Creative Use of Receiverships to Solve Environmental, Construction and Other Problems in Distressed Projects
Appointment of a receiver is a flexible remedy for solving serious business problems in distressed projects while reducing delay and risk. A receivership can provide (in addition to reliable management of a property approaching foreclosure) court supervision and certainty without the delay and expense of bankruptcy.
Even more important, appointment of a receiver can be a creative tool to fix common problems arising in troubled real estate projects-including avoiding potential environmental liabilities, completing a "broken" construction project and facilitating the sale of distressed property.
Using Receiverships to Avoid a Lender's Potential Environmental Liability
Secured lenders are often reluctant to foreclose on properties where there are environmental problems, based on concerns either about the practical aspects (including signing manifests to dispose of chemicals and complying with applicable law) or about liability under environmental laws (as a deemed owner or operator). Lenders can avoid both the practical problems and liability under California law by arranging for the appointment of a receiver for the property. California Civil Procedure Code Section 564(c) authorizes a receiver to inspect the property to assess the existence and magnitude of hazardous substance releases, and the order implementing the receivership (typically prepared by the lender) can authorize the receiver to remedy contaminated property. Because the receiver is entitled to quasi-judicial immunity as an officer of the court (see California Rule of Court 3.1179), he is not subject to liability as an owner or operator of contaminated real property if acts are taken as specifically directed by the appointing court. (Typically, under a later order submitted by the receiver.) The lender also is not liable because it is neither an owner nor operator of the property in the receiver's charge.
Employing Receiverships to Complete a Broken Construction Project
Frequently (and particularly recently) a developer-borrower lacks the resources to finish a construction project, and contractors are unwilling to keep working without assurance of payment. In those circumstances, a receivership can be utilized to complete the project based on the protections afforded by California law. The court order that establishes the receivership and the receiver's powers (which is typically prepared by the lender with approval by the receiver) often includes language authorizing the receiver to take steps necessary to finalize a project, including employing and paying contractors and vendors as the receiver deems appropriate. The debts for such goods and services are generally entitled to payment priority over all pre-receivership obligations, although subject to debts secured by receivership property, such as those of the secured lender and mechanics lien claimants. We are currently representing the receiver of the Ritz Carlton Hotel at Northstar near Lake Tahoe, California, where we are using these techniques to resolve construction issues.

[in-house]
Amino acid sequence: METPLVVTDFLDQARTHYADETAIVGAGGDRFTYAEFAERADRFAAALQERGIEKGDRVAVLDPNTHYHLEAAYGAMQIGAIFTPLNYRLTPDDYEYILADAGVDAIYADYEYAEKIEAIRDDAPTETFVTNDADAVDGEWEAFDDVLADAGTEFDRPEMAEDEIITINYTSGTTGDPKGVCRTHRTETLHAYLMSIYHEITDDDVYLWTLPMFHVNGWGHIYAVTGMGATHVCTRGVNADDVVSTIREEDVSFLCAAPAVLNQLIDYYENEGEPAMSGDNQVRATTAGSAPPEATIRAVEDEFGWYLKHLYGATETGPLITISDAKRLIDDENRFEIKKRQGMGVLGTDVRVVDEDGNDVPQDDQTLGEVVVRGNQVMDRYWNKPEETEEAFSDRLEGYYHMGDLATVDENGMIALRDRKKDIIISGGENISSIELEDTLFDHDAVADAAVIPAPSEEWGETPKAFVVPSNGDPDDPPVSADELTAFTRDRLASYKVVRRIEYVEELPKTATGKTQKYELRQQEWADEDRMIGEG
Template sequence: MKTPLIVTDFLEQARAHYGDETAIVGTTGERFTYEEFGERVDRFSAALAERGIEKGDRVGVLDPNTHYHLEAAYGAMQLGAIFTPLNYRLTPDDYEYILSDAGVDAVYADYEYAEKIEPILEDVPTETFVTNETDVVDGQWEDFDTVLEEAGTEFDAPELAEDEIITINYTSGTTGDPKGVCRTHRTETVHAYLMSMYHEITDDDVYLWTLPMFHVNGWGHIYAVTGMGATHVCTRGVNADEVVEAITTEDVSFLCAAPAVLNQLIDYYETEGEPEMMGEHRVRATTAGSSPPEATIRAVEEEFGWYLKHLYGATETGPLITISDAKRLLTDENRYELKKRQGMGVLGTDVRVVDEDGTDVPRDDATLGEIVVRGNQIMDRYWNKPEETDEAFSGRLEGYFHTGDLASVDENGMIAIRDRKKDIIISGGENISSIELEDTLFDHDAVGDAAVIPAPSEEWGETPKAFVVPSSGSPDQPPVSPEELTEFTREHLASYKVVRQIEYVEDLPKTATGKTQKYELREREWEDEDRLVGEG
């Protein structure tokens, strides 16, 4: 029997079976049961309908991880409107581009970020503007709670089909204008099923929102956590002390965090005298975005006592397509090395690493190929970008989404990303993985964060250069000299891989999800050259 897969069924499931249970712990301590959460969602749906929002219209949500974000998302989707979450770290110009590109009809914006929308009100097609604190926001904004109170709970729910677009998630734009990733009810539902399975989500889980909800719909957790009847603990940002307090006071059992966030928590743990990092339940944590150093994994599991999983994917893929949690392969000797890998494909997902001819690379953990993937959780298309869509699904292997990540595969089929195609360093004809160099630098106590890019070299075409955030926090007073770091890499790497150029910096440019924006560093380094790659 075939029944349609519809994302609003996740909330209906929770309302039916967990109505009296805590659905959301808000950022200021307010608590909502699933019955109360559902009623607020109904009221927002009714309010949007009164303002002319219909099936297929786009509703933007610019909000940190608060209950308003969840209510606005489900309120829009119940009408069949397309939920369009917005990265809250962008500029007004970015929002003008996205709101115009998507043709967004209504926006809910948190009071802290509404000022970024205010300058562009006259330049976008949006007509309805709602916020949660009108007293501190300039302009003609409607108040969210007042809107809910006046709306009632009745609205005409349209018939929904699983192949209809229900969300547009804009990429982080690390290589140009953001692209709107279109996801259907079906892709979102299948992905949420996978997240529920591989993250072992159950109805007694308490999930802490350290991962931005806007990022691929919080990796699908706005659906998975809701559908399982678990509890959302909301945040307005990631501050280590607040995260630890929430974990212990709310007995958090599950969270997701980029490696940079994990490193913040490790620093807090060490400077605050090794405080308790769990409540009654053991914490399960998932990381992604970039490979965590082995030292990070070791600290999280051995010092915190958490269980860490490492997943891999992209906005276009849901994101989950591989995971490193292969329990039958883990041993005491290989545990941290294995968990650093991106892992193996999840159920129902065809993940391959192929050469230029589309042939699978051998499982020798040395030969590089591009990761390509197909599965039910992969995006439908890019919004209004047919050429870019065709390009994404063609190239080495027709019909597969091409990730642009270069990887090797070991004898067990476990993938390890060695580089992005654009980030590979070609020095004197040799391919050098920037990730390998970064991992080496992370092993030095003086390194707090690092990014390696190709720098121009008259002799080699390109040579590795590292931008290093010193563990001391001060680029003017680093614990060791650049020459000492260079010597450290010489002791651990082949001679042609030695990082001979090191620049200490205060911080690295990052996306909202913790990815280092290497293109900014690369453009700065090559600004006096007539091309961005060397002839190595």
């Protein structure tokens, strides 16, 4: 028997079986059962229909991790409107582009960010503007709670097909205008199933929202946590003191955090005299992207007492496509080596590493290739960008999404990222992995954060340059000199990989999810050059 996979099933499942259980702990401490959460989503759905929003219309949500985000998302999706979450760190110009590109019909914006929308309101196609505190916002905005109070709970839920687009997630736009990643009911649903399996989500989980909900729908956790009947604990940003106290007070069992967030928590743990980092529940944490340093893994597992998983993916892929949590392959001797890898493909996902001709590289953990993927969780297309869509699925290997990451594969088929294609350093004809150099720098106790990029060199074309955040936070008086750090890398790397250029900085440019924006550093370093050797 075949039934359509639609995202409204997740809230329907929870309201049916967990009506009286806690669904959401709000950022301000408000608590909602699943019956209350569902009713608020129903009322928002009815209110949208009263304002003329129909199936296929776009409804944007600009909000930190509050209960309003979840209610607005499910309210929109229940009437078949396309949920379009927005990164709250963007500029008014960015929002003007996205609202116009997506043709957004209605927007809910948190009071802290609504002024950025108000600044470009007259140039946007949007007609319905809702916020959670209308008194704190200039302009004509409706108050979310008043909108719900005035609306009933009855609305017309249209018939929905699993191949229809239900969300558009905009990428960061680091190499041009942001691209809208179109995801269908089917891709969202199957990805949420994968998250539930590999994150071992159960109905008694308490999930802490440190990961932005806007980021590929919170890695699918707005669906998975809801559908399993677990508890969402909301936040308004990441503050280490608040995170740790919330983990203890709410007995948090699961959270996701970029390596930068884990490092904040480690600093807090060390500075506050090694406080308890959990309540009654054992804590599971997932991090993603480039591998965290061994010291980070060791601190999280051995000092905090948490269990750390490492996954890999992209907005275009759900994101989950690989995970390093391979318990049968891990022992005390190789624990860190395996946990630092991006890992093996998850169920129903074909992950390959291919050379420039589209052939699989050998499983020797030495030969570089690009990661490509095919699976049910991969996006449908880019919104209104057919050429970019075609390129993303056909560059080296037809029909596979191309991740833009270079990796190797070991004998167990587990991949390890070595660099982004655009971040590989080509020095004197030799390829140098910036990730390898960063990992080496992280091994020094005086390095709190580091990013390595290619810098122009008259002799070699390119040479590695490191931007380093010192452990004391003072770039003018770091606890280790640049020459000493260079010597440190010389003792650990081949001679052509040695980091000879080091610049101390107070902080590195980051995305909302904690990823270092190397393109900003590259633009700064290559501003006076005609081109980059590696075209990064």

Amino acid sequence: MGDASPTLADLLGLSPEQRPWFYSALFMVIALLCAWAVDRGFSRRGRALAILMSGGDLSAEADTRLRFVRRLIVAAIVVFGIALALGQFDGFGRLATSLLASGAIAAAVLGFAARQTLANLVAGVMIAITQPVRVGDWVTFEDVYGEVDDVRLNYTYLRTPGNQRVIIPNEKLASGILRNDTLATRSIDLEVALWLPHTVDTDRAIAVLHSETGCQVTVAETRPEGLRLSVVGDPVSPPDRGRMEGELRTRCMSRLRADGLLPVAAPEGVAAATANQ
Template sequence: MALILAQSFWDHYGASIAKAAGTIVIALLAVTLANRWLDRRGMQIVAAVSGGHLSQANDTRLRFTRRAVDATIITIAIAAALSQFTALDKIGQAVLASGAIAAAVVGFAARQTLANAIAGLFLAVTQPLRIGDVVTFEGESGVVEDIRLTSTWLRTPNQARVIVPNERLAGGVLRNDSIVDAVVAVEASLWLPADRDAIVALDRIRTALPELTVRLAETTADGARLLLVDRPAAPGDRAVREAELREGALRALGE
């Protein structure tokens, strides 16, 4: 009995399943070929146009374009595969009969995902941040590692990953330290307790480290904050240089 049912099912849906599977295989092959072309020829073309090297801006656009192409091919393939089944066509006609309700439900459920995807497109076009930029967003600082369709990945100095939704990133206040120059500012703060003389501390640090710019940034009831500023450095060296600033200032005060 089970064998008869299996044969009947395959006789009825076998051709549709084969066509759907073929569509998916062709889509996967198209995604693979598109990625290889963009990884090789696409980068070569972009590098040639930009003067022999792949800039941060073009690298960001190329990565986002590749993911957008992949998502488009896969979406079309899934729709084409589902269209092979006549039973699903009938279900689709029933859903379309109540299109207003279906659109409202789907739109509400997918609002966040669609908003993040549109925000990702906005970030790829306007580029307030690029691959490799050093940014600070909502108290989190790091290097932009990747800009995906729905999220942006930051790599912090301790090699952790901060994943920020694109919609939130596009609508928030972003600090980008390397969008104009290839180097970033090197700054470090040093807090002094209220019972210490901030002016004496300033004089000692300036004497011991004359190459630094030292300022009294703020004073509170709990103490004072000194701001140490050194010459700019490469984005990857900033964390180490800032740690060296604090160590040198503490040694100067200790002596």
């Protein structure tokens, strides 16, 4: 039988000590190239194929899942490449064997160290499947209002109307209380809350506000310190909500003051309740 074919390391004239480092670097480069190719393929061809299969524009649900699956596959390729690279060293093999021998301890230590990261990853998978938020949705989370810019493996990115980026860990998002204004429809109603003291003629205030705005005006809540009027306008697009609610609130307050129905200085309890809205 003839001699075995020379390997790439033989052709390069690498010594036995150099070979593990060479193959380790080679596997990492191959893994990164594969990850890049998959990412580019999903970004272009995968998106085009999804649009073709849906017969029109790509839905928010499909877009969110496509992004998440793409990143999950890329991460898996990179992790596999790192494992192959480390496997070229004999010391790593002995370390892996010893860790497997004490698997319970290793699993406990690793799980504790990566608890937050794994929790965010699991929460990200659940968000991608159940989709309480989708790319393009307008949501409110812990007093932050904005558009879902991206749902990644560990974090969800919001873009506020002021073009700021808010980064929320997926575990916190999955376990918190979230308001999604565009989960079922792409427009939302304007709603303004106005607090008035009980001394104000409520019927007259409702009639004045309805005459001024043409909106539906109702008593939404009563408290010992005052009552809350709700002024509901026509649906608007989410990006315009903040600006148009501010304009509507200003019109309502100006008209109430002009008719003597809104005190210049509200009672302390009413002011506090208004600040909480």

Utilizing Receiverships to Aid the Sale of Distressed Property and Maximize Value
In any distressed sale where there are different levels of debt and equity, it is often difficult to get cooperation, consensus or even clear title without a risk of later litigation. A receivership can be used to facilitate the sale of property and to avoid those problems. California Civil Procedure Code Section 568.5 authorizes a receiver to sell property according to a court's order. Such a sale can result in delivering "clean title" to a buyer, based on the court's authorization for sale free of liens, claims and interests in the property (which attach to the sale proceeds). Parties objecting to the sale can have their objections addressed and overruled prior to the sale (rather than waiting years to sue) and the presence of a hearing date and deadline to object drives the sale process to conclusion. A receiver's sale also relieves a lender from having to provide (or even negotiate over) representations and warranties to a purchaser (including implied representations of title in a grant deed) which might be necessary in a sale after a lender foreclosure on property.